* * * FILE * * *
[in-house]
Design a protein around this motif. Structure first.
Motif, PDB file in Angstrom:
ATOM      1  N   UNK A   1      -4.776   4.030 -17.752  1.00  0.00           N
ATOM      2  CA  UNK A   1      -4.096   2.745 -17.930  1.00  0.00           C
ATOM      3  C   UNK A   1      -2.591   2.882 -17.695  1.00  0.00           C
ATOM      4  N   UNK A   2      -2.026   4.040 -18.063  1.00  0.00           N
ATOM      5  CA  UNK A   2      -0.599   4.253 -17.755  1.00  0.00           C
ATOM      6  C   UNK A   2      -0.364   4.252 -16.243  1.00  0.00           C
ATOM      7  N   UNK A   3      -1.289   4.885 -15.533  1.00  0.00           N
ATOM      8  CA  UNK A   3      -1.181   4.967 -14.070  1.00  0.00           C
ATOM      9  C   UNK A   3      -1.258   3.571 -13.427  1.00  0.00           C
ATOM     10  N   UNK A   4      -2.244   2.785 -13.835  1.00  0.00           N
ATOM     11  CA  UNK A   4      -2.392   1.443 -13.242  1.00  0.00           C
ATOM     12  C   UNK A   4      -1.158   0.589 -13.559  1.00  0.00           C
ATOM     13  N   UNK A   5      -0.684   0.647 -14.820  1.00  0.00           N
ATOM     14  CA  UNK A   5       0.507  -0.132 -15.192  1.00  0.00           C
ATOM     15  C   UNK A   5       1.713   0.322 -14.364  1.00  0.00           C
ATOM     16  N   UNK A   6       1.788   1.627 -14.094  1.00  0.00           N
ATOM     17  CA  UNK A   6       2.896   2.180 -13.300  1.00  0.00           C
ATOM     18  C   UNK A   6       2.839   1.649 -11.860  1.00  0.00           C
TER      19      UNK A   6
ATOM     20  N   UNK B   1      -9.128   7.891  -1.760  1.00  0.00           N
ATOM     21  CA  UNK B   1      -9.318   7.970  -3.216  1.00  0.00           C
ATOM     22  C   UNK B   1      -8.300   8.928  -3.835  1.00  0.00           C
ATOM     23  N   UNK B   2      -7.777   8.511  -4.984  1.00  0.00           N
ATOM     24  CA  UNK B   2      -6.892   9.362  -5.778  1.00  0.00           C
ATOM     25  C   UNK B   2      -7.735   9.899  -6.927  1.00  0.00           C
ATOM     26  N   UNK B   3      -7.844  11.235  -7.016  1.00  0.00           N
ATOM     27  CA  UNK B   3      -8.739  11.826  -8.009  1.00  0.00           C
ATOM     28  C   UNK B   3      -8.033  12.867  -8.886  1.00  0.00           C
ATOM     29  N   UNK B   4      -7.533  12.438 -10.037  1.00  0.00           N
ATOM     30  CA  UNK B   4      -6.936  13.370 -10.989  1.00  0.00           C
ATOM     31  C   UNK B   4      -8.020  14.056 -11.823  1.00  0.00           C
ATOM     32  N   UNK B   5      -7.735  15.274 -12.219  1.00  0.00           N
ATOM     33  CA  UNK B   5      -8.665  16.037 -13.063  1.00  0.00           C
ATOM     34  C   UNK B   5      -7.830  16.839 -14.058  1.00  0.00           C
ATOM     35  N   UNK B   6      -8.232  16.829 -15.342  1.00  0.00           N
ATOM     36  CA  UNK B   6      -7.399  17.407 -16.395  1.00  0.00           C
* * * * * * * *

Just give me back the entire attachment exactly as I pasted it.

[in-house]
Design a protein around this motif. Structure first.
Motif, PDB file in Angstrom:
ATOM      1  N   UNK A   1      -4.776   4.030 -17.752  1.00  0.00           N
ATOM      2  CA  UNK A   1      -4.096   2.745 -17.930  1.00  0.00           C
ATOM      3  C   UNK A   1      -2.591   2.882 -17.695  1.00  0.00           C
ATOM      4  N   UNK A   2      -2.026   4.040 -18.063  1.00  0.00           N
ATOM      5  CA  UNK A   2      -0.599   4.253 -17.755  1.00  0.00           C
ATOM      6  C   UNK A   2      -0.364   4.252 -16.243  1.00  0.00           C
ATOM      7  N   UNK A   3      -1.289   4.885 -15.533  1.00  0.00           N
ATOM      8  CA  UNK A   3      -1.181   4.967 -14.070  1.00  0.00           C
ATOM      9  C   UNK A   3      -1.258   3.571 -13.427  1.00  0.00           C
ATOM     10  N   UNK A   4      -2.244   2.785 -13.835  1.00  0.00           N
ATOM     11  CA  UNK A   4      -2.392   1.443 -13.242  1.00  0.00           C
ATOM     12  C   UNK A   4      -1.158   0.589 -13.559  1.00  0.00           C
ATOM     13  N   UNK A   5      -0.684   0.647 -14.820  1.00  0.00           N
ATOM     14  CA  UNK A   5       0.507  -0.132 -15.192  1.00  0.00           C
ATOM     15  C   UNK A   5       1.713   0.322 -14.364  1.00  0.00           C
ATOM     16  N   UNK A   6       1.788   1.627 -14.094  1.00  0.00           N
ATOM     17  CA  UNK A   6       2.896   2.180 -13.300  1.00  0.00           C
ATOM     18  C   UNK A   6       2.839   1.649 -11.860  1.00  0.00           C
TER      19      UNK A   6
ATOM     20  N   UNK B   1      -9.128   7.891  -1.760  1.00  0.00           N
ATOM     21  CA  UNK B   1      -9.318   7.970  -3.216  1.00  0.00           C
ATOM     22  C   UNK B   1      -8.300   8.928  -3.835  1.00  0.00           C
ATOM     23  N   UNK B   2      -7.777   8.511  -4.984  1.00  0.00           N
ATOM     24  CA  UNK B   2      -6.892   9.362  -5.778  1.00  0.00           C
ATOM     25  C   UNK B   2      -7.735   9.899  -6.927  1.00  0.00           C
ATOM     26  N   UNK B   3      -7.844  11.235  -7.016  1.00  0.00           N
ATOM     27  CA  UNK B   3      -8.739  11.826  -8.009  1.00  0.00           C
ATOM     28  C   UNK B   3      -8.033  12.867  -8.886  1.00  0.00           C
ATOM     29  N   UNK B   4      -7.533  12.438 -10.037  1.00  0.00           N
ATOM     30  CA  UNK B   4      -6.936  13.370 -10.989  1.00  0.00           C
ATOM     31  C   UNK B   4      -8.020  14.056 -11.823  1.00  0.00           C
ATOM     32  N   UNK B   5      -7.735  15.274 -12.219  1.00  0.00           N
ATOM     33  CA  UNK B   5      -8.665  16.037 -13.063  1.00  0.00           C
ATOM     34  C   UNK B   5      -7.830  16.839 -14.058  1.00  0.00           C
ATOM     35  N   UNK B   6      -8.232  16.829 -15.342  1.00  0.00           N
ATOM     36  CA  UNK B   6      -7.399  17.407 -16.395  1.00  0.00           C